Mindful following on social media: how our news feed ends up feeding us

November 14, 2019

Scientists, researchers, psychologists, social media professionals, and parents are looking at social media through a new lens and asking an important question: how can we reduce its toxicity

 

With good reason. 

 

 

Studies show that social media use is attributed to: 

- a compromised sense of well-being

- an increase in the likelihood you become depressed

- an increase in negative body image

 

But one article I read lately shined a light on something tangible social media users can do to reduce the toxicity of social media, particularly for young girls. 

 

The idea was simple: follow people who inspire you

 

 

In this experiment, girls were asked to find and follow four high-achieving women who posted about topics they cared about. 

 

That's it. The girls didn't have to change anything else about their social media habits, use, duration, or apps. 

 

The researchers evaluated their opinions about social media use before and after following the women and assessed the results: 

 

💡First, girls said that their idea of social media was transformed. One girl mentioned it changed her outlook because her feed was filled with people "doing, like, really good things." 

 

💡Second, the exercise changed many girls’ use of social media. Rather than using social media to be social, girls were using it to become inspired.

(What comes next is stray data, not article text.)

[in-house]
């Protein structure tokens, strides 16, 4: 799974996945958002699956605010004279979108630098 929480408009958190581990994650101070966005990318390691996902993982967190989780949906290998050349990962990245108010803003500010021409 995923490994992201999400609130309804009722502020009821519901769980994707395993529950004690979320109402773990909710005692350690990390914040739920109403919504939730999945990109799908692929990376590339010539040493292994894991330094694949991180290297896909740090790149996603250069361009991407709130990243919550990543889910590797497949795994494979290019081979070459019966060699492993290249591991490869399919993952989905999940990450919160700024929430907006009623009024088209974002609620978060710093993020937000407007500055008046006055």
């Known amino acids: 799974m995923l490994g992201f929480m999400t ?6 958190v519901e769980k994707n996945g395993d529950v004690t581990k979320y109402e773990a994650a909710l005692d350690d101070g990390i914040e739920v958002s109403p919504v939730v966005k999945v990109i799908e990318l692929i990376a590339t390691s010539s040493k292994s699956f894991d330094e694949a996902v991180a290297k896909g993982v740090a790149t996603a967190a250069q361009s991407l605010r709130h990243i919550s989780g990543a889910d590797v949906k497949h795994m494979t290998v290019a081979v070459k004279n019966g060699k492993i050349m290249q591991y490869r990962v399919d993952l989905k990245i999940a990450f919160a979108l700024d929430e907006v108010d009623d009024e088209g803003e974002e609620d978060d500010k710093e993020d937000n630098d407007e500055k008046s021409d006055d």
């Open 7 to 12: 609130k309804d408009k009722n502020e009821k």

💡Third, this activity transformed their social media feeds for the better. They began to discover other aspects of topics they were interested in and began to get involved in issues or events in the real world. 

 

 

Why was this significant? 

 

It emphasizes substance over style.

 

As parents (I am one, too), we have a responsibility to teach our children how to use these platforms responsibly — doing an exercise such as this allows social media to be a valuable piece of technology, rather than a burden or hindrance to healthy psychological development. 

 

 

What can content creators do in response to this study? 

 

As marketers, we can look at studies like this and compare it with any social media viewpoints or strategy we already have incorporated into our businesses. 

 

It is our responsibility to create content that: 

  • is useful or helpful to our audience

  • is inspirational or aspirational in its subject matter

  • elevates and uplifts

  • shows what we can do more of in the real world

 

The world has enough content.

 

Creating a post to use as filler or to have an impressive Instagram grid isn't enough. Content should serve a purpose, and it should ultimately serve our audiences. 

 

 

How would this research apply to anyone creating a personal brand? 

 

It introduces the idea of mindful social media use and thoughtfully following others. It also emphasizes how important what we follow and what we observe is to our overall sense of well-being. 

 

If you're creating a personal brand, you should consider who you follow to be an extension of that: follow accounts who are representative of your values and beliefs, or who inspire you. 

 

Because your "feed" essentially becomes something that feeds you. 

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